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Opportunities created by the “overtime act” put into practice

Amending Act CXVI of 2018 on the organization of working time and the minimum fee of labor leasing activity (hereinafter: amendment) has been announced on 20 December 2018 and entered into force on 1 January 2019.

In our article we are looking for answers to the following questions; what opportunities the change has actually created for employers and which employers can take advantage of the opportunities created by the change.
The amendment essentially concerns issues related to the organization of working time, in particular the rules on working time banking and overtime.

The new opportunities provided by working time banking are only open for employers with collective agreements, while the opportunities in the area of overtime may be used by employers without collective agreements as well, as follows:

I. Options based on collective agreement

According to the amendment as from 1 January 2019, a maximum of 36 months of working time banking may be introduced on the basis of a collective agreement instead of a maximum of one year. In practice, this means that employers wishing to apply a longer working time frame, an amendment must be initiated to the collective agreement currently in force or; in the absence of a collective agreement in force, a collective agreement must be concluded with the trade union authorized to conclude the collective agreement, including that option.

It is important to note that not only 36 months, but shorter, e.g. a 24-month working time frame may also be included in a collective agreement by the parties.

There is a statutory limit to the extremes of work schedules arrangement within the longer working time banking – in addition to the rules on rest days/rest periods – that the 48 hours a week should be at most an annual average (and not, for example, the average of the three years).

For the time being, it is disputed whether the working time banking of more than one year is harmonized with the rules of Directive 2003/88/EC on certain aspects of the organization of working time. Article 19 of that directive provides that a ‘reference period’ for the calculation of working time or rest periods in a collective agreement may not exceed 12 months.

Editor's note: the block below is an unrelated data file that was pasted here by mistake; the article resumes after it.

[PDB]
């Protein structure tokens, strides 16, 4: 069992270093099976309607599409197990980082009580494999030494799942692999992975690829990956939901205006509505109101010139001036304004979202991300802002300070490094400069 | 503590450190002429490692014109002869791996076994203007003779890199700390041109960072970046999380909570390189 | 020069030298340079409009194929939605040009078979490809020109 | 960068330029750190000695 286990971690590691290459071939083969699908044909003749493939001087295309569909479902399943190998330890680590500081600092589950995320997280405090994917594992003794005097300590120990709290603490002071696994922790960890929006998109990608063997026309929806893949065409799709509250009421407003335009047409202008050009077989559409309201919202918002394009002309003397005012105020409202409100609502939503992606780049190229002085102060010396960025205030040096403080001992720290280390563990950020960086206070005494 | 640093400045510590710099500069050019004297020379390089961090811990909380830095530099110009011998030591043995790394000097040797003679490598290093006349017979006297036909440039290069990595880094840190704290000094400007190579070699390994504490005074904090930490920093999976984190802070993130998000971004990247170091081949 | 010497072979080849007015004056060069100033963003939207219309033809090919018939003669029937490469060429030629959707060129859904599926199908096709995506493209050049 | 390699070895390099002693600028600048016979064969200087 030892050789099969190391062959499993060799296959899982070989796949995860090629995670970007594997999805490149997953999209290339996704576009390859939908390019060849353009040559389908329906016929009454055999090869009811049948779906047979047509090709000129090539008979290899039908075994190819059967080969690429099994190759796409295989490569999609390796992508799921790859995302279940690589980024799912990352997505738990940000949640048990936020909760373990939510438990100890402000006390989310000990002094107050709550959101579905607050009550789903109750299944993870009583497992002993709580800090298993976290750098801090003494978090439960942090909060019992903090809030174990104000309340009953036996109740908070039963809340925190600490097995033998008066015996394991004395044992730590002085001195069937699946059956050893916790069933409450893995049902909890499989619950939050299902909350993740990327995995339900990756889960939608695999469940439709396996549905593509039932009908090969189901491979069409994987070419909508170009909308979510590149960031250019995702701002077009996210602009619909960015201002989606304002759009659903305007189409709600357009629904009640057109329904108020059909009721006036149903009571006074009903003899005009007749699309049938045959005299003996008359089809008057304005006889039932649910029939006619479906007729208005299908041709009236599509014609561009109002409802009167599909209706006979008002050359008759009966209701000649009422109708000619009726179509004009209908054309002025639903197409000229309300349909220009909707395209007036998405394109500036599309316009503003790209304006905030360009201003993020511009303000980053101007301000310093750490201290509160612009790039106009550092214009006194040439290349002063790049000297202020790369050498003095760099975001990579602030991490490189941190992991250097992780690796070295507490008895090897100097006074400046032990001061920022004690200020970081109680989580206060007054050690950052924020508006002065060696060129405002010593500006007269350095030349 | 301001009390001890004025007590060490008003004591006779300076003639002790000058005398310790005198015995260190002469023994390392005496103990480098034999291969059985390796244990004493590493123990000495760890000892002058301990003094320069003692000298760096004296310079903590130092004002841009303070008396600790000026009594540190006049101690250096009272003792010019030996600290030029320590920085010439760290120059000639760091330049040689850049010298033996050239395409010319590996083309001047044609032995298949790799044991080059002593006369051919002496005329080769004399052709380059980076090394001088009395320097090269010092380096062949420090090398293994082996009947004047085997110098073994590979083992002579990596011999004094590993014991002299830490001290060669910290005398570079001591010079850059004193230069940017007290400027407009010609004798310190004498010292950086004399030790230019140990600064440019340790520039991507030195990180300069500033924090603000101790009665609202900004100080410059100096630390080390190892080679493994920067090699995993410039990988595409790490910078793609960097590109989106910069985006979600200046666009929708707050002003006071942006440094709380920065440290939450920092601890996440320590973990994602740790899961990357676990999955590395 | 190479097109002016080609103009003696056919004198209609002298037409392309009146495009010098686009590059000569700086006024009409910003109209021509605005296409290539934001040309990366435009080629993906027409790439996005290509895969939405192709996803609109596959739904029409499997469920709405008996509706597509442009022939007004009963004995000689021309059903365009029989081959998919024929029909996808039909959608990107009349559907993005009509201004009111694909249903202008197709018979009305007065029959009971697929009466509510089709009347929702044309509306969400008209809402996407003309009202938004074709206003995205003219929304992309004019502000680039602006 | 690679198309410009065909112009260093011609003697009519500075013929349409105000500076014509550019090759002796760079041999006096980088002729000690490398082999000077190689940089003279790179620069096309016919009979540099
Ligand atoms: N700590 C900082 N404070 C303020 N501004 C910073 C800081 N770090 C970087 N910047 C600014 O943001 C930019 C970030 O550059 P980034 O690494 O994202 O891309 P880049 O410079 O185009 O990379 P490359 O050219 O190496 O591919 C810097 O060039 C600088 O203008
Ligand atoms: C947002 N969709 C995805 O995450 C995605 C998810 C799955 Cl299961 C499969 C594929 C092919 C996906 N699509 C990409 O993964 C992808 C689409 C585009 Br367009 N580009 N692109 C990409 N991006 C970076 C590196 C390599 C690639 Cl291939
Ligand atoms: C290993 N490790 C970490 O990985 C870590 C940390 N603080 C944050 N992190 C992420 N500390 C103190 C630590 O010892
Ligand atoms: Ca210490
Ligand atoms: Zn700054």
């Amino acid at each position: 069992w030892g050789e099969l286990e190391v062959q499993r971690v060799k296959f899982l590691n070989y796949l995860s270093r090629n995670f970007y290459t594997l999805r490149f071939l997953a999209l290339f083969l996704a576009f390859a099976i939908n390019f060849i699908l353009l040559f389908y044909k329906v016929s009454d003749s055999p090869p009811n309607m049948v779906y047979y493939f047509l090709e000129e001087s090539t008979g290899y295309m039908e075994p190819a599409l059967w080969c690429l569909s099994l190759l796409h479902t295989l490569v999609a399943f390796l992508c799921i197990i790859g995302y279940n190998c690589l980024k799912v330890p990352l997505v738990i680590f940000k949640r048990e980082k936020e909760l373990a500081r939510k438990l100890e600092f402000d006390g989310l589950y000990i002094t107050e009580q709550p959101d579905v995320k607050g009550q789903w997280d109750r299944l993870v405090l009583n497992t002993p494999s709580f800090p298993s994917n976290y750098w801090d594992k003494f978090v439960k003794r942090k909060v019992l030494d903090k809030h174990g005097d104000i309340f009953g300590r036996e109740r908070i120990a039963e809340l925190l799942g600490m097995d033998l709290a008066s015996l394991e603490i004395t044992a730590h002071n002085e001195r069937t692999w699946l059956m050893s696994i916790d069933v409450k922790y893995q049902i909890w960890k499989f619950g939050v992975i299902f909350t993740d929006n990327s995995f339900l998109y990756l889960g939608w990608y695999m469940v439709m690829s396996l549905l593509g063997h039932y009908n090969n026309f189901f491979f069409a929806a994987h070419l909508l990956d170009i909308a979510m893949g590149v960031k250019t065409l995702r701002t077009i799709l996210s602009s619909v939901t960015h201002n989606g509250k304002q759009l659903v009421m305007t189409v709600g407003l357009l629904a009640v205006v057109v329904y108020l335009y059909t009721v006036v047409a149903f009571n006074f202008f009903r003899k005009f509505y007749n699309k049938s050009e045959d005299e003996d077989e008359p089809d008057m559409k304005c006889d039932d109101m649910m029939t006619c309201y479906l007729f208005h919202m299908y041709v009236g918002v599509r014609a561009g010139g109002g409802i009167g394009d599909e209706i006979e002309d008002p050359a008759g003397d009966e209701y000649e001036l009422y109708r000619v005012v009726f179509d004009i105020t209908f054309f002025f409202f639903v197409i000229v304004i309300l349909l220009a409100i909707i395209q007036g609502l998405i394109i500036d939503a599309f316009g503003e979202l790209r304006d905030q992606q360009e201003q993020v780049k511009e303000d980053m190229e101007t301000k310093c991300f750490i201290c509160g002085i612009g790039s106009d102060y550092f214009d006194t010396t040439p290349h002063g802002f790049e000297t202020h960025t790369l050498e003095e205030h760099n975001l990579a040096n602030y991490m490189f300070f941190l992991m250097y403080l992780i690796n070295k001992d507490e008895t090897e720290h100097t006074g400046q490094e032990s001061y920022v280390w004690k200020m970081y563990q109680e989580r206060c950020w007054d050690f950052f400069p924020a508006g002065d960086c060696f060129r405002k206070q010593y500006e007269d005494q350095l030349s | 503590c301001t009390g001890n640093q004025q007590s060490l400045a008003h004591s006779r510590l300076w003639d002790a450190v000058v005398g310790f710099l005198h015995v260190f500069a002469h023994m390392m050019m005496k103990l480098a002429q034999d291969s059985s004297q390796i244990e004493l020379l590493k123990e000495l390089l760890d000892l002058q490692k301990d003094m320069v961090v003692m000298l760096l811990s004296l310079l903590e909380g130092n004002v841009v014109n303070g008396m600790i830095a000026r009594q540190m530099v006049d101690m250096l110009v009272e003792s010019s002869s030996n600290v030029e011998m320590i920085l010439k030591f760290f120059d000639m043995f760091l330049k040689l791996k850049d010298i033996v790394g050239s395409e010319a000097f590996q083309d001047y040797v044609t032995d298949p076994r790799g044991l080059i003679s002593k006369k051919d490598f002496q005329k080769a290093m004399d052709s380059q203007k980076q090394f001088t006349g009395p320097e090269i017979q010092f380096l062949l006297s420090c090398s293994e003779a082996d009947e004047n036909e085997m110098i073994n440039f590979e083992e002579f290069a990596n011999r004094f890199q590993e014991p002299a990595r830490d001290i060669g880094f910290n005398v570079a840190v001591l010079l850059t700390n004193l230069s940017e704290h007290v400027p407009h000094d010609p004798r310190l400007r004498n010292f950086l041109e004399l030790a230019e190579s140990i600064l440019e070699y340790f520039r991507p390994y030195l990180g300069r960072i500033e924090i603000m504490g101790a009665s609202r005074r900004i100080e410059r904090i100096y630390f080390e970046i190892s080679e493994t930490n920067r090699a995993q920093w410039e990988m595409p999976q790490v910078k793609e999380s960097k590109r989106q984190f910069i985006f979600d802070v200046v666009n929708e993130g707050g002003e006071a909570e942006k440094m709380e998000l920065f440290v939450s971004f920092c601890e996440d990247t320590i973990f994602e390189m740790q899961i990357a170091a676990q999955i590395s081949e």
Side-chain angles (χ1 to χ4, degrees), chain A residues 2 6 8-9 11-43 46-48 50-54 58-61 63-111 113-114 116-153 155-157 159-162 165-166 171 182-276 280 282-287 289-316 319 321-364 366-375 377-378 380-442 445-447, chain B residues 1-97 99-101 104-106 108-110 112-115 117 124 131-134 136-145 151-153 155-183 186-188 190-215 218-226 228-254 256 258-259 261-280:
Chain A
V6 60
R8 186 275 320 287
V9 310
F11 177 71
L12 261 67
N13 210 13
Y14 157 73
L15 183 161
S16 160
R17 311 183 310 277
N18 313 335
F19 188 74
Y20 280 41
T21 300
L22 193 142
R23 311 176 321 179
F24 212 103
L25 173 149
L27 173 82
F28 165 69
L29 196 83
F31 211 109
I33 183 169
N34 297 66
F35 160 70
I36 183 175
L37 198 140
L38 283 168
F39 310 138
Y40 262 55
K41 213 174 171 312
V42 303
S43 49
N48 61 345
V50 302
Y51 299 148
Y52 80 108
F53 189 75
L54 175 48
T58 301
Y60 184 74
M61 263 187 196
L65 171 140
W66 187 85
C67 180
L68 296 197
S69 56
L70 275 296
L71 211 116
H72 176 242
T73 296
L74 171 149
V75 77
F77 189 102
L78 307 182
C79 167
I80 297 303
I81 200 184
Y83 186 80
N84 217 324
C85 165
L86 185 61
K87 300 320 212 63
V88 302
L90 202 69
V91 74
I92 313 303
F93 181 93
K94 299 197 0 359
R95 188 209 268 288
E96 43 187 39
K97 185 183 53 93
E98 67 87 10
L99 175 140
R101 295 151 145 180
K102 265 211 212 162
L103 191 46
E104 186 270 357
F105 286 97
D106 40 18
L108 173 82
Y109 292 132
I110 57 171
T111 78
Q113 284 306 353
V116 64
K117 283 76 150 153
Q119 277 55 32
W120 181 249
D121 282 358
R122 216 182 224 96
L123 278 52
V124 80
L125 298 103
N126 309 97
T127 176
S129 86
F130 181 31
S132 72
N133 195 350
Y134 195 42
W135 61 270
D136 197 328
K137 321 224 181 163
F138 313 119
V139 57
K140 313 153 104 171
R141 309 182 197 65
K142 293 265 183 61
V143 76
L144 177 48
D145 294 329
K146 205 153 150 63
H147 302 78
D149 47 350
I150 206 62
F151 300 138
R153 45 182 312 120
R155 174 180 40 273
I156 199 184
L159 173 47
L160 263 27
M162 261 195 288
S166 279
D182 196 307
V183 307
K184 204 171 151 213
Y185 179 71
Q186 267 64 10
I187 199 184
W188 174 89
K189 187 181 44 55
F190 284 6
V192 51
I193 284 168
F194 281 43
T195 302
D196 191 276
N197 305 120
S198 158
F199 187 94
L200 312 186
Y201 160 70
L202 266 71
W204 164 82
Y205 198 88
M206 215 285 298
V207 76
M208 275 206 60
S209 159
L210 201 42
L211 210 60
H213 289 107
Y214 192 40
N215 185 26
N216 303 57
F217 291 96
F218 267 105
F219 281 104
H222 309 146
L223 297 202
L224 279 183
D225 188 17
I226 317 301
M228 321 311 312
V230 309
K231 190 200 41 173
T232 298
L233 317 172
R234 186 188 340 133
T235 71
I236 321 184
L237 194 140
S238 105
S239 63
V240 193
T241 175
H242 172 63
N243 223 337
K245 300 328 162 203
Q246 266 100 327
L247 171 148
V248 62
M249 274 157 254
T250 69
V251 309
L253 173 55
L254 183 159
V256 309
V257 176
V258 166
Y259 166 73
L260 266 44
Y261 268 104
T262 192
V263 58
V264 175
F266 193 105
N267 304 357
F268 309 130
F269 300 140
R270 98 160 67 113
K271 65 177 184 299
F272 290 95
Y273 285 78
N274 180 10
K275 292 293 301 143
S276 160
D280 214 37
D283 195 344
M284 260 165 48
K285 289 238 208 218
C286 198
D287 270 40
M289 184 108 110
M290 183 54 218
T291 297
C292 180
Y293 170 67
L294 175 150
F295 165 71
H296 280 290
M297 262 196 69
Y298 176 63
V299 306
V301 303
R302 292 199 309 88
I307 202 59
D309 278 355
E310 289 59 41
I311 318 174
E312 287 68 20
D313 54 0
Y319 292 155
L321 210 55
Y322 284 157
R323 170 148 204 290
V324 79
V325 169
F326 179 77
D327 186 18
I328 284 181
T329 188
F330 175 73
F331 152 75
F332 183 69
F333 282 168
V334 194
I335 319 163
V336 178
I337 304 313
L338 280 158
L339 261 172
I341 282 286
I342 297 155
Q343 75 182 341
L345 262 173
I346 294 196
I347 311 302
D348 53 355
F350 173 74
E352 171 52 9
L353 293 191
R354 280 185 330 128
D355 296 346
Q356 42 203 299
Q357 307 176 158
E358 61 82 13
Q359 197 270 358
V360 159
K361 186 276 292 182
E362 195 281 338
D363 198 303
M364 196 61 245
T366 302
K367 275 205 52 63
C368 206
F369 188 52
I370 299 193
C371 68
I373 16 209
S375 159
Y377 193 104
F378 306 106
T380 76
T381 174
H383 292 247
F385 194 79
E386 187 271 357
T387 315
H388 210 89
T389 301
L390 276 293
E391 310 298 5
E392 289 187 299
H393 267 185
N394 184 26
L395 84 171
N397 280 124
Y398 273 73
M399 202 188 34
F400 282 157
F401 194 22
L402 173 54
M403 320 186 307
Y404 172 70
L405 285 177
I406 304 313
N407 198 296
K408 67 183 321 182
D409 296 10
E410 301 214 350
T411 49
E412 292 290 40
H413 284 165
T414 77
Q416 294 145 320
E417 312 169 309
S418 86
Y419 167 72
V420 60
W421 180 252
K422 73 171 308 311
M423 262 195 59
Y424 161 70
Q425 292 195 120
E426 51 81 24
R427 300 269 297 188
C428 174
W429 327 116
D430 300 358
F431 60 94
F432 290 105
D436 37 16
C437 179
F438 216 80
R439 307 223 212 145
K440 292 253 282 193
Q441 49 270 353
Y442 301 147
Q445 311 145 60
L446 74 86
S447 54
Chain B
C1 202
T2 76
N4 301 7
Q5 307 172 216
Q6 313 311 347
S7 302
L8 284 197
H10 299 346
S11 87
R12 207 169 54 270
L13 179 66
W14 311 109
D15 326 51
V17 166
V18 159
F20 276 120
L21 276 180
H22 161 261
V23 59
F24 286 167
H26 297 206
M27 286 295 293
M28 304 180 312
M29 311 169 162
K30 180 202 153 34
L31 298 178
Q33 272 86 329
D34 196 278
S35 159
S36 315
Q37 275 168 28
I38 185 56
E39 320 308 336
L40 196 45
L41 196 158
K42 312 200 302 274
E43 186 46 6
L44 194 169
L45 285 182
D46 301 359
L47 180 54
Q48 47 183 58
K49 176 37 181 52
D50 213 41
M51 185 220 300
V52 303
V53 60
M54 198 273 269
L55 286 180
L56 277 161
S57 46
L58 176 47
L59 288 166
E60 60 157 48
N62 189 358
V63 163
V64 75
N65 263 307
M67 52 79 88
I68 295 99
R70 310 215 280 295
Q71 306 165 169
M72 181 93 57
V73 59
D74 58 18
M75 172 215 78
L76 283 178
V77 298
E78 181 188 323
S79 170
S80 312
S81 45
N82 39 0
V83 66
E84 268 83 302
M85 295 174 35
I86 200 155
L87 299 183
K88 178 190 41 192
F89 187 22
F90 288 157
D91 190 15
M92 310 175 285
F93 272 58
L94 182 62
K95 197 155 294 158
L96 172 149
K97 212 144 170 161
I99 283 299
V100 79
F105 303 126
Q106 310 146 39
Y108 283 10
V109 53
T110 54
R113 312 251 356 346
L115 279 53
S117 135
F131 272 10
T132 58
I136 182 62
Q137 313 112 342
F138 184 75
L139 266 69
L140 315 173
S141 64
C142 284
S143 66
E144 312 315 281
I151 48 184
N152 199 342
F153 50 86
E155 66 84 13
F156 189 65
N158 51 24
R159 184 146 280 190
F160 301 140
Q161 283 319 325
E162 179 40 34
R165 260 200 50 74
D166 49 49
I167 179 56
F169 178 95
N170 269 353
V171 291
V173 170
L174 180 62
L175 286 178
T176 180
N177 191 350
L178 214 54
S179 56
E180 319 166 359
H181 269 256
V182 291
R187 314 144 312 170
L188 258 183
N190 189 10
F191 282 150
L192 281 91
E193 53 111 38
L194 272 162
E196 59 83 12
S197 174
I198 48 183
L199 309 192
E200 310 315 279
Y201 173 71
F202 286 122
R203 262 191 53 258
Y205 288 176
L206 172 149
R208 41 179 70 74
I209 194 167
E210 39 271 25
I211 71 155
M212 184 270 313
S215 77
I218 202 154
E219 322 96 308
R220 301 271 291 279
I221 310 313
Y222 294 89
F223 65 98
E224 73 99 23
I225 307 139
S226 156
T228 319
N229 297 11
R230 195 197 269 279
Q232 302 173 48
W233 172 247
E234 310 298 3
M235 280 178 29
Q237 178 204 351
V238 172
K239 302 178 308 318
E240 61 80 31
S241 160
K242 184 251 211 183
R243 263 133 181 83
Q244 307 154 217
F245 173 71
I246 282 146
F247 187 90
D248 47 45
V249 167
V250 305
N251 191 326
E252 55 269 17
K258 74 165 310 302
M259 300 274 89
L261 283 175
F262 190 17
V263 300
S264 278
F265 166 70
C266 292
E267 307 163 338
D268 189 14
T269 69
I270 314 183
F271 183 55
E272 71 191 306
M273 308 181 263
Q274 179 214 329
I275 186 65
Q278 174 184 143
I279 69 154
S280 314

II. Options based on individual agreements with employees

The annual number of overtime hours can be increased up to 400 hours based on an individual agreement with employees. This option is therefore open to employers which do not have a collective agreement/ do not have a trade union with authorized to conclude a collective agreement.

400 hours is the absolute upper limit for overtime work. Higher amounts cannot validly be stipulated in a collective agreement either.

The employee may terminate the agreement by the end of the calendar year. Termination of the agreement shall not be a reason for termination of employment.

III. Options based on the request of the employee

According to the amendment, overtime (supplement payment) is not generated in situations where the employees themselves request the modification of the working time schedule in advance within 96 hours.

This provision recognizes situations that actually occur in practice, when for example the employee asks for a change in the working time schedule for some kind of personal reasons, e.g. “exchange” a workday with another colleague.

It is important that the initiative really comes from the employee. Using employee’s requests for employers’ interests are abusive, thus illegal.

In relation to the option described above it is also important to take into account the general principle of labor law, that working schedule arrangements, overtime arrangements are possible only if the requirements of healthy and safe work are met. In addition to the economic benefits associated with more flexible working hours, it is important to consider that the employer may be required to pay financial compensation for the damage caused by the workers who are proven overloaded or the accidents and health damage caused to them.